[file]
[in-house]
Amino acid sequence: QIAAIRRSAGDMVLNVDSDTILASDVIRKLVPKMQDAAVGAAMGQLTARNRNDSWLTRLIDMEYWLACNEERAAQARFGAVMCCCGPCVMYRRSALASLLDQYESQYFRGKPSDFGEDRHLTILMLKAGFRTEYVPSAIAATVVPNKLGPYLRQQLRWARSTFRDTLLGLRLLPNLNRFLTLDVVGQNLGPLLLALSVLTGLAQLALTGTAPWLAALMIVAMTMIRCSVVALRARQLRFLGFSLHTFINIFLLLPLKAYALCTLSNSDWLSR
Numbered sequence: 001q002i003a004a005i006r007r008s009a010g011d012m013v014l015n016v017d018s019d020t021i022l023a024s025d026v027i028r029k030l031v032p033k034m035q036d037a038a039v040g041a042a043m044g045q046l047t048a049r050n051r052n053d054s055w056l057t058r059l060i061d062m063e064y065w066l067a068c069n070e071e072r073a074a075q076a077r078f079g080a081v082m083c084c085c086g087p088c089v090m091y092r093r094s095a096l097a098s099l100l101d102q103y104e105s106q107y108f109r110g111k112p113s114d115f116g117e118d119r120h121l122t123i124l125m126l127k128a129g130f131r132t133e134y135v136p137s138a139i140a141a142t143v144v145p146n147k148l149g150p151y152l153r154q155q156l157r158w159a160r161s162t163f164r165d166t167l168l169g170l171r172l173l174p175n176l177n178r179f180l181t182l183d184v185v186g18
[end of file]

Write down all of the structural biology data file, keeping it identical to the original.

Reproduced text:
[in-house]
Amino acid sequence: QIAAIRRSAGDMVLNVDSDTILASDVIRKLVPKMQDAAVGAAMGQLTARNRNDSWLTRLIDMEYWLACNEERAAQARFGAVMCCCGPCVMYRRSALASLLDQYESQYFRGKPSDFGEDRHLTILMLKAGFRTEYVPSAIAATVVPNKLGPYLRQQLRWARSTFRDTLLGLRLLPNLNRFLTLDVVGQNLGPLLLALSVLTGLAQLALTGTAPWLAALMIVAMTMIRCSVVALRARQLRFLGFSLHTFINIFLLLPLKAYALCTLSNSDWLSR
Numbered sequence: 001q002i003a004a005i006r007r008s009a010g011d012m013v014l015n016v017d018s019d020t021i022l023a024s025d026v027i028r029k030l031v032p033k034m035q036d037a038a039v040g041a042a043m044g045q046l047t048a049r050n051r052n053d054s055w056l057t058r059l060i061d062m063e064y065w066l067a068c069n070e071e072r073a074a075q076a077r078f079g080a081v082m083c084c085c086g087p088c089v090m091y092r093r094s095a096l097a098s099l100l101d102q103y104e105s106q107y108f109r110g111k112p113s114d115f116g117e118d119r120h121l122t123i124l125m126l127k128a129g130f131r132t133e134y135v136p137s138a139i140a141a142t143v144v145p146n147k148l149g150p151y152l153r154q155q156l157r158w159a160r161s162t163f164r165d166t167l168l169g170l171r172l173l174p175n176l177n178r179f180l181t182l183d184v185v186g18